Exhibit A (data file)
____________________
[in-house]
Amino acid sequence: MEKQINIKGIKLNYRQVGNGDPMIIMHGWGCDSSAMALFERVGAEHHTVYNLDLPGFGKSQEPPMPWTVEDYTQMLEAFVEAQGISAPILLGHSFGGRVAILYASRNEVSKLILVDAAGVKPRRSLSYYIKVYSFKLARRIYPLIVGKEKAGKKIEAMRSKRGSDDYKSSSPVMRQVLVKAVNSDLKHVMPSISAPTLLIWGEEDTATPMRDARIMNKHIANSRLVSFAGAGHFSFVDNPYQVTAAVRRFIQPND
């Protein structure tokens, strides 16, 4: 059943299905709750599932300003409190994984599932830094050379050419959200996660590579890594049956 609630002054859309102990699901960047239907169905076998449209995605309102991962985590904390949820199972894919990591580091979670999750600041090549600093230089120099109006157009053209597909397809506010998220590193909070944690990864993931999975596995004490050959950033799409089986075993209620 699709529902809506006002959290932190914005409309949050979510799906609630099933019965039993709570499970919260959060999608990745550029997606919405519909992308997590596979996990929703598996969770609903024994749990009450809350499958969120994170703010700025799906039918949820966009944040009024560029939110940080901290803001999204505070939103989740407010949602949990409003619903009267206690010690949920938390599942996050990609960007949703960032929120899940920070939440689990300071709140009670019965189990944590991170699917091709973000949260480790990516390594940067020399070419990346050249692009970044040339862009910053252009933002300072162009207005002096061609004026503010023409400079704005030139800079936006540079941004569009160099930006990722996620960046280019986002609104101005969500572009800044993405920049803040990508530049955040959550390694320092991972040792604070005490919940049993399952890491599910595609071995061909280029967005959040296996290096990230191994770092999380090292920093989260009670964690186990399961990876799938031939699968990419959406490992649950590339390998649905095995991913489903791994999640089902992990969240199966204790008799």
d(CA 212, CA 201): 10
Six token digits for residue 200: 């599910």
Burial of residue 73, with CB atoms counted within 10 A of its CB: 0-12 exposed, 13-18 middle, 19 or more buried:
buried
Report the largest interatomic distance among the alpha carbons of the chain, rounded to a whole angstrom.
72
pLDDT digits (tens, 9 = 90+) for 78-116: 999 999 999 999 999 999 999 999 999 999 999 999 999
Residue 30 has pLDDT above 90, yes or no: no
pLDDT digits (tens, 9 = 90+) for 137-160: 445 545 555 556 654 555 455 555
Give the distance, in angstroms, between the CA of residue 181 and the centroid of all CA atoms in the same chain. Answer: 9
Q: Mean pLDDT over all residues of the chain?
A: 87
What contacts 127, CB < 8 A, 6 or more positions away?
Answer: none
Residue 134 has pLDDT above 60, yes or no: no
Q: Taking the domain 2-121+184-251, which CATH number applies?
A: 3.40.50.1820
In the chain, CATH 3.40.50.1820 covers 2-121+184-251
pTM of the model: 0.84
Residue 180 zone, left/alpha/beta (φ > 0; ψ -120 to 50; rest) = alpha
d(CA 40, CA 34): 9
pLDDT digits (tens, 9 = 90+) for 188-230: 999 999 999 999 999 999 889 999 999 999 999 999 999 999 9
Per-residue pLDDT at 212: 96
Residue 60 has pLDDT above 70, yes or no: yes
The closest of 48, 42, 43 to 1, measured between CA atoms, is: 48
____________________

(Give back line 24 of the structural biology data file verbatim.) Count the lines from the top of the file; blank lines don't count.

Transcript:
d(CA 40, CA 34): 9